Two weeks more means 14,000 more killed and wounded, three weeks more, 21,000. Those weeks mean the world if you’re one of those thousands or related to one of them. During the time between the dropping of the Nagasaki bomb on August 9 and the actual surrender on the fifteenth, the war pursued its accustomed course: on the twelfth of August eight captured American fliers were executed (heads chopped off); the fifty-first United States submarine, Bonefish, was sunk (all aboard drowned); the destroyer Callaghan went down, the seventieth to be sunk, and the Destroyer Escort Underhill was lost. That’s a bit of what happened in six days of the two or three weeks posited by Galbraith. What did he do in the war? He worked in the Office of Price Administration in Washington. I don’t demand that he experience having his ass shot off. I merely note that he didn’t.

(This came up a couple times, a few months back.)


  1. Bob Sykes says:

    Included in the plans was the transfer of the troops in Europe to the Pacific. Men who had gone ashore at Anzio and Normandy or who had fought the Bulge would now be asked to assault Japan.

    It was intended that the European forces would be transported across the US in locked trains that they could not escape.

    If all that had happened, would the Republic have survived, or would we have gotten a full-blown fascist dictatorship?

  2. Uncle Kenny says:

    Really? Locked Trains?

    My father was one such soldier, returned from Europe and on his way across country headed for Japan. Somewhere along his August journey he transitioned from invasion force to occupation force. I’d love to see an authoritative source for “locked trains” as dad failed to mention that part to me.

  3. Kirk says:

    Actually, not… Those “men who went ashore at Anzio and Normandy” were mostly dead by that time. It was the units which were headed to the Pacific, units which were filled with men who’d gone into Europe as replacements or who’d seen little combat. There was a rotation scheme in play; the men who’d actually done most of the fighting were going to be in units slated for occupation duty, and the men without much actual combat time were going to the Pacific.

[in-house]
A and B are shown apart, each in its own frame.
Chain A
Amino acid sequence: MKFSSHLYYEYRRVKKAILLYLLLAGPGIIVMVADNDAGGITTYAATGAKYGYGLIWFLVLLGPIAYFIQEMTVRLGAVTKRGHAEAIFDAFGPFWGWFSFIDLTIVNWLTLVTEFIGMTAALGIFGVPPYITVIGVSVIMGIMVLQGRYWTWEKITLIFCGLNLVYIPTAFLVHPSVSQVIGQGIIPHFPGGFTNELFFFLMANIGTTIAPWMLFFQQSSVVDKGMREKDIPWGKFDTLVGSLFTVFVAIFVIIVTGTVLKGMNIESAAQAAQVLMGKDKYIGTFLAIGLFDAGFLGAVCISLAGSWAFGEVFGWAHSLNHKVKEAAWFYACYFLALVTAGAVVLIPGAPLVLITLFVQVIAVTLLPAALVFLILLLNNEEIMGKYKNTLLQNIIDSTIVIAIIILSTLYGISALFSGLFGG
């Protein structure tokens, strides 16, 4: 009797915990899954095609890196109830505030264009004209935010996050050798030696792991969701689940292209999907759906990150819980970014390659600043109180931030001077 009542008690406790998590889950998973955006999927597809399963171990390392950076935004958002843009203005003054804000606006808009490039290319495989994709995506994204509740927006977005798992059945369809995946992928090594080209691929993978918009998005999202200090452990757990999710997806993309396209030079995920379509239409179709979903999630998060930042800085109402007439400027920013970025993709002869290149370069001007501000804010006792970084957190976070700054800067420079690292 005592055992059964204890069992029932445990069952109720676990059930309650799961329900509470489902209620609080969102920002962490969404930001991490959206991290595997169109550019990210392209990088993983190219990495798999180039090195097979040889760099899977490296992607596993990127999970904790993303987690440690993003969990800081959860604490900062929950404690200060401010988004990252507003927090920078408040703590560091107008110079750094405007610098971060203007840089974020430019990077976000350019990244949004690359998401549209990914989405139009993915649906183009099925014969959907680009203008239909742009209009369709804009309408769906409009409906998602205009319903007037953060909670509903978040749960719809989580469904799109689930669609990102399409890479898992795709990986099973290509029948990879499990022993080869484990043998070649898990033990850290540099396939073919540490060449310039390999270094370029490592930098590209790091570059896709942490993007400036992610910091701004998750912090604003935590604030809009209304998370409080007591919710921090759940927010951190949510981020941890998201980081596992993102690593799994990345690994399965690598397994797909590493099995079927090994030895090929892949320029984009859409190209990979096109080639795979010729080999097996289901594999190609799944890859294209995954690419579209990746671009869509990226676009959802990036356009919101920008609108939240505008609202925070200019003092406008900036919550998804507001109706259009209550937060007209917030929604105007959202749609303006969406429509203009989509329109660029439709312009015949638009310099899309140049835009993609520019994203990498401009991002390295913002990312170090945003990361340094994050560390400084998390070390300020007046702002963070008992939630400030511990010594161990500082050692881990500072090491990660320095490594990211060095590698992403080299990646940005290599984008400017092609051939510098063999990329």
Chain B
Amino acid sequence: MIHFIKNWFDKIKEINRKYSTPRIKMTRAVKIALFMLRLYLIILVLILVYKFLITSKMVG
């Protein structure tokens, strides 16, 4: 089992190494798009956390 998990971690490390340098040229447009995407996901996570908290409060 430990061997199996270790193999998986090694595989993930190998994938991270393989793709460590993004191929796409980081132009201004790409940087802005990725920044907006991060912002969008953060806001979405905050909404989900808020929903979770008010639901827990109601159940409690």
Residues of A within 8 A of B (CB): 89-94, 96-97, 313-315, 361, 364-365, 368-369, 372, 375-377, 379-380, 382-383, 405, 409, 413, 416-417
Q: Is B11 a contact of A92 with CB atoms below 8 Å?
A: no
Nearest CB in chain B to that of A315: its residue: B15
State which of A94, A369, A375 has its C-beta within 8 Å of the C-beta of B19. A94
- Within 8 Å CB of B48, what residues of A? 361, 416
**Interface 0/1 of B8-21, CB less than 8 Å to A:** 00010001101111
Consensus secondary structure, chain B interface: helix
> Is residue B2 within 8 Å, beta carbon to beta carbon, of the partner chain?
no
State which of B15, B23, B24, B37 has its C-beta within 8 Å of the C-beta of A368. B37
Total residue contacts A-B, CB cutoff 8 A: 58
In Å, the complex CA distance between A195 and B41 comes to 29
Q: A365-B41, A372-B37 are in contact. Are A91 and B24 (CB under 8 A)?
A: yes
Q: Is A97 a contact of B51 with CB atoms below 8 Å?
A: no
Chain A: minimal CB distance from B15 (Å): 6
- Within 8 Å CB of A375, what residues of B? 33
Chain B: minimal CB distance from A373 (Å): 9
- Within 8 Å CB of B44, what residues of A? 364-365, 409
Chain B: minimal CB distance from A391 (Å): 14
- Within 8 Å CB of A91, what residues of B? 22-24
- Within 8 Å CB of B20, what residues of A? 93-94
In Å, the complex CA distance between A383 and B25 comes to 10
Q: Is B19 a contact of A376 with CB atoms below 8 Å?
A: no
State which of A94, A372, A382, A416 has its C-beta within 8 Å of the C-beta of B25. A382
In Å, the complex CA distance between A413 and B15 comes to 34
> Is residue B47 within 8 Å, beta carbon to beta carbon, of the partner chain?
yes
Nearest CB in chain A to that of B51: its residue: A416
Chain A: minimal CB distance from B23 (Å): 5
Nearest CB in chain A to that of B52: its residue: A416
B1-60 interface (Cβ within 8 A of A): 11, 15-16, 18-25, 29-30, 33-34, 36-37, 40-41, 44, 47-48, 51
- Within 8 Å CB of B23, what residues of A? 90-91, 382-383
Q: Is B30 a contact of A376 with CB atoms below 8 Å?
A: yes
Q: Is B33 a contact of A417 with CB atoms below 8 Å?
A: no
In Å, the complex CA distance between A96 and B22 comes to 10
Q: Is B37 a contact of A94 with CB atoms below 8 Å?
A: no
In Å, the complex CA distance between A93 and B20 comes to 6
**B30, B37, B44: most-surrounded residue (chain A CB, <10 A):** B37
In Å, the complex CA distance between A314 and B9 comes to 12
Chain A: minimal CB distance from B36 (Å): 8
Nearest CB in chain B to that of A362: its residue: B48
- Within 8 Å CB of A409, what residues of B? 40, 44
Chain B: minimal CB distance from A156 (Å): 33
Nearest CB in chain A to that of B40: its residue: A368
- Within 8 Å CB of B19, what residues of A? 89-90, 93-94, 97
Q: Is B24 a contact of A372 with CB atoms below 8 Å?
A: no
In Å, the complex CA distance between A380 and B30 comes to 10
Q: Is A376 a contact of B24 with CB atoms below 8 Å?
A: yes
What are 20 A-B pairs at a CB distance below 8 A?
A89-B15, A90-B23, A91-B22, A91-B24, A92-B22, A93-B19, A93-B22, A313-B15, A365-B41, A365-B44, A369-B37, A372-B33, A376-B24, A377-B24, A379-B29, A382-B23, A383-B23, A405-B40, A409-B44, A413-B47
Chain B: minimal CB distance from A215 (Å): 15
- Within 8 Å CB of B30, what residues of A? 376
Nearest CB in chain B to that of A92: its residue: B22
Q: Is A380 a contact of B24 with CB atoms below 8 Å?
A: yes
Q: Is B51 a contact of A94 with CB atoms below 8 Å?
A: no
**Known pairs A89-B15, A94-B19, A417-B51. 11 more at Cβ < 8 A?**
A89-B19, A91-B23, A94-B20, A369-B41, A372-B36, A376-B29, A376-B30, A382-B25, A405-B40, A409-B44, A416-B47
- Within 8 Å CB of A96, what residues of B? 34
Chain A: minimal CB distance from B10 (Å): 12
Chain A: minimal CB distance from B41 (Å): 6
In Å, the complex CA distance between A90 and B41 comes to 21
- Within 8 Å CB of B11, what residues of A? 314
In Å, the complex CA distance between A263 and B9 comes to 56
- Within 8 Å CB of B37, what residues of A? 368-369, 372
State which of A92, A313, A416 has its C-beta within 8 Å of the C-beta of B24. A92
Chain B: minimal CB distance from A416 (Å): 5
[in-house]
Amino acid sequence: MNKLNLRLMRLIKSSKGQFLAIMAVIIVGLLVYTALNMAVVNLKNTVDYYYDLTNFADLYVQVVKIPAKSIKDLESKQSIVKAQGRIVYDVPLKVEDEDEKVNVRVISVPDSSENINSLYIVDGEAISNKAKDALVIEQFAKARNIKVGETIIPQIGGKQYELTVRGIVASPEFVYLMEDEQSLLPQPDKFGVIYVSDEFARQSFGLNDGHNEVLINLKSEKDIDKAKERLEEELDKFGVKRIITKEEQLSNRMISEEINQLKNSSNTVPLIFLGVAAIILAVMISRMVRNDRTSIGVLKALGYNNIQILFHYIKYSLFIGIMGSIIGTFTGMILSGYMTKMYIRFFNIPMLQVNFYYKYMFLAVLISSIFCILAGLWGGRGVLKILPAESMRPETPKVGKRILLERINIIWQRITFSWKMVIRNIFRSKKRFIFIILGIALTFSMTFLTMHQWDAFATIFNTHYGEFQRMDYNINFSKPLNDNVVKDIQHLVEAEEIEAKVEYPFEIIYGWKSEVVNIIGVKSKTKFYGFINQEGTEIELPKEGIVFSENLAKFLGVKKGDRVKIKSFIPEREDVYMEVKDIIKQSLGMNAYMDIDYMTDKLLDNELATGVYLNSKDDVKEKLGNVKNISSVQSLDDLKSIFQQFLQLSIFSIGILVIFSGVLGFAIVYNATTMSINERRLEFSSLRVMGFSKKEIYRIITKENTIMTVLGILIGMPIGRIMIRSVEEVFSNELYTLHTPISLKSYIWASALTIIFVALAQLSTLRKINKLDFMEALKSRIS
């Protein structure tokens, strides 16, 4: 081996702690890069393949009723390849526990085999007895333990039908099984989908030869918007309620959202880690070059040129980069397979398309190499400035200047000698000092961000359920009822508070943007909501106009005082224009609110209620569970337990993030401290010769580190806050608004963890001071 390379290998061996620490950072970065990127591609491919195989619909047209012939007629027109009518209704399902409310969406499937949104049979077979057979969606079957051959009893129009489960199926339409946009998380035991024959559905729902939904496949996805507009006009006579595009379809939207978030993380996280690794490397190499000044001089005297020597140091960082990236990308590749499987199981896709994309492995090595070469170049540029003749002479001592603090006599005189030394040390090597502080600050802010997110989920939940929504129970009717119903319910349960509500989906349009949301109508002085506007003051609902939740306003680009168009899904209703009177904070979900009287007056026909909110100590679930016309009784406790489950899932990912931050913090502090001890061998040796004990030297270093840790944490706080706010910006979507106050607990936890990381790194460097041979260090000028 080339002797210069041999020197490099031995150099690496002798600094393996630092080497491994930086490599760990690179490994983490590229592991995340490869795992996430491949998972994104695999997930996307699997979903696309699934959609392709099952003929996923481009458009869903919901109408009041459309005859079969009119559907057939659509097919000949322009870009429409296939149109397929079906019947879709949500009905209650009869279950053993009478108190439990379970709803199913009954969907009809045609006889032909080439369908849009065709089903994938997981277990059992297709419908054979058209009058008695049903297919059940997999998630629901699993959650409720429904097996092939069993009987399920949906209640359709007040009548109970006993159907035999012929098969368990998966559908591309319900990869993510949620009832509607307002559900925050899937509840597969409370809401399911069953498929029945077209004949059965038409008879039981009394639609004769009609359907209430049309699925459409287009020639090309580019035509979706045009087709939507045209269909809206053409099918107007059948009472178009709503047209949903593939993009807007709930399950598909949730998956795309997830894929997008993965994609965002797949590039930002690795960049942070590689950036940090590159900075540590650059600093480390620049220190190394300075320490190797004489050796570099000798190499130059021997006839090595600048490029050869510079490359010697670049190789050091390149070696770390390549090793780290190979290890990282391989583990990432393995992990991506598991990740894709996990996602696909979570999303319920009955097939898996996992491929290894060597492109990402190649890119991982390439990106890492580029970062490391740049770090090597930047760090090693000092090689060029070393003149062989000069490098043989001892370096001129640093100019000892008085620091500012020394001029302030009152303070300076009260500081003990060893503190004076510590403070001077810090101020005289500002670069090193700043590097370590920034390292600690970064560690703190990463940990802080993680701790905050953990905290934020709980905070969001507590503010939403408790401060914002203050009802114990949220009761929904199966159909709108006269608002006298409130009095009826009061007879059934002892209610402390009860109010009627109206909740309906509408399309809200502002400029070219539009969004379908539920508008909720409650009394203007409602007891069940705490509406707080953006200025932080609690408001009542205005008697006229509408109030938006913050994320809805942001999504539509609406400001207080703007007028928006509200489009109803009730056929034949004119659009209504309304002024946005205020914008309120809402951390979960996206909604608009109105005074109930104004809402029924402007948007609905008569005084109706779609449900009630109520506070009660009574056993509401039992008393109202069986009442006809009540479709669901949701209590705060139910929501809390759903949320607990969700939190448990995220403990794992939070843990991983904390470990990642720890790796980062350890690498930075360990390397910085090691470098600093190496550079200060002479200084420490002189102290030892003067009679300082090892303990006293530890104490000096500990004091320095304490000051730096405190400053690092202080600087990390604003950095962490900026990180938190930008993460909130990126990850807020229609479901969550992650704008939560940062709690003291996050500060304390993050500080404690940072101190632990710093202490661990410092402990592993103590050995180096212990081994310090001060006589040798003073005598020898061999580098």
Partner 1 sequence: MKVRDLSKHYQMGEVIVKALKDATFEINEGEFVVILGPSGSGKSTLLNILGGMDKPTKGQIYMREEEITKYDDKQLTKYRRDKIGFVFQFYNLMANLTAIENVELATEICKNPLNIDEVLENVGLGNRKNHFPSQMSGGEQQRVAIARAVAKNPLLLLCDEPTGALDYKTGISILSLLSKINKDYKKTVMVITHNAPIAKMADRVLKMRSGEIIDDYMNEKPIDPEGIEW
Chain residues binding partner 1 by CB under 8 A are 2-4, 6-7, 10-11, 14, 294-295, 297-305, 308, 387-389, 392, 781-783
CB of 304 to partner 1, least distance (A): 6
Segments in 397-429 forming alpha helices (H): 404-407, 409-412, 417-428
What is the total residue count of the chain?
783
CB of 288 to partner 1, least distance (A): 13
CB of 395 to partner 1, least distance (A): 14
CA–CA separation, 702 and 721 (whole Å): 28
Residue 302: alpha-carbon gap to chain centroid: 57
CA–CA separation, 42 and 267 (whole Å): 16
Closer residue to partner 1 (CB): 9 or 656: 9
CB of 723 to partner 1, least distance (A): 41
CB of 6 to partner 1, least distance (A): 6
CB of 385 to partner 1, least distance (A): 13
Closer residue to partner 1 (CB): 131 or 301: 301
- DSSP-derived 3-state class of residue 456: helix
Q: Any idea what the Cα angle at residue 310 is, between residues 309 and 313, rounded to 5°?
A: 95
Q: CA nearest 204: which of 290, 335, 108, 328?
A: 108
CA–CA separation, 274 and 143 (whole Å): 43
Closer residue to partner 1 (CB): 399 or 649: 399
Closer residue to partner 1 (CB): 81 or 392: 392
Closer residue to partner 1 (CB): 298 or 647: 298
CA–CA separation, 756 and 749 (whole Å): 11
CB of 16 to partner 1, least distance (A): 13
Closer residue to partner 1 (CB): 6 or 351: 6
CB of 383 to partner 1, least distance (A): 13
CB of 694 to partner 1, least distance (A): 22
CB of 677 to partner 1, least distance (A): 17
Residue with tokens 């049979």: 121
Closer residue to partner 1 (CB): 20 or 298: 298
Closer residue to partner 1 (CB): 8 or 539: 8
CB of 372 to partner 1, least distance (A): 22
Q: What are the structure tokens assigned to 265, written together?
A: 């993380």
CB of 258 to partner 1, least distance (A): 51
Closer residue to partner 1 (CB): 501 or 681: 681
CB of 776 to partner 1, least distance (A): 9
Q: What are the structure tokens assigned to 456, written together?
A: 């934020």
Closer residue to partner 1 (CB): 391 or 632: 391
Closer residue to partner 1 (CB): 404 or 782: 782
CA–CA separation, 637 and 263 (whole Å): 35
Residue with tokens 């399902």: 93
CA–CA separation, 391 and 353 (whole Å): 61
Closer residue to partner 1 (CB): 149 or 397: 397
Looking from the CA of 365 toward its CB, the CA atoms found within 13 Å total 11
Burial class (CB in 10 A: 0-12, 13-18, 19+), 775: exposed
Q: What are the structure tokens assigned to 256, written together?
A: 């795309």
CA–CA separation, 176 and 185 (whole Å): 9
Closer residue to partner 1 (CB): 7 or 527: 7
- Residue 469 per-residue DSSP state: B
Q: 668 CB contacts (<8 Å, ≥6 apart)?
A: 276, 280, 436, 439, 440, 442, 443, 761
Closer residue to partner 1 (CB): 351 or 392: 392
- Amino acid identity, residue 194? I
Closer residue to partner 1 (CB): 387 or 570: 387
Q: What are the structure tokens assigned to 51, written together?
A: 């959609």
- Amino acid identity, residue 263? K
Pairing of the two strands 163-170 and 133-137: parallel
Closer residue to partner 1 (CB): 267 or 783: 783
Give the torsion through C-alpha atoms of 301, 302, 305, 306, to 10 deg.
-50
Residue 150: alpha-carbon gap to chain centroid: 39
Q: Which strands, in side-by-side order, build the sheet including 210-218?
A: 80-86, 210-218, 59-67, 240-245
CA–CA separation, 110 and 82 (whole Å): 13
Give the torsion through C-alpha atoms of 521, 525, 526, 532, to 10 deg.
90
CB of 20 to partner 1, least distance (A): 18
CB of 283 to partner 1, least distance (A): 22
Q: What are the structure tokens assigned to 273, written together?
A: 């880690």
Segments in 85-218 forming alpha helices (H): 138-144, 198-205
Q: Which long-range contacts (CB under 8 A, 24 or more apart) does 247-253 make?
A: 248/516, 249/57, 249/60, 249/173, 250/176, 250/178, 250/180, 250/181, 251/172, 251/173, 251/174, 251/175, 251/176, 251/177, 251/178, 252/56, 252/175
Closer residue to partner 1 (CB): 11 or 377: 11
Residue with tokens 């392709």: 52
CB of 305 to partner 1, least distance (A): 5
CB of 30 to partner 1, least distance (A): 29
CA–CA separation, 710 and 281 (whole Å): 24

Which created a lot of angst and animosity when the war ended while most of those units were still in transit to the Pacific, and their members were perfectly placed to be released from service in the USA, leaving the long-service veterans stuck in Europe while their juniors were demobilized. Luck of the draw…

    As well, those plans for “locked trains” going across the US? They were never used, never employed, and likely would not have been needed. There were already troops in transit when the war ended, and they had no more of a desertion problem than any other. The Army kept planning for worst-case, and nearly always got better from the men they were shepherding into the house of war.

  4. Lu An Li says:

    “He thinks the A-bombs were unnecessary and unjustified because the war was ending anyway.”

    The Japanese were trying to surrender. With terms. No occupation of the home islands. No disarmament. No war crimes trials. Etc. The Big Three had agreed to unconditional surrender, so a peace with terms was out of the question.

  5. Neovictorian says:

    Related: “Why I Don’t Feel Bad About Hiroshima and Nagasaki“: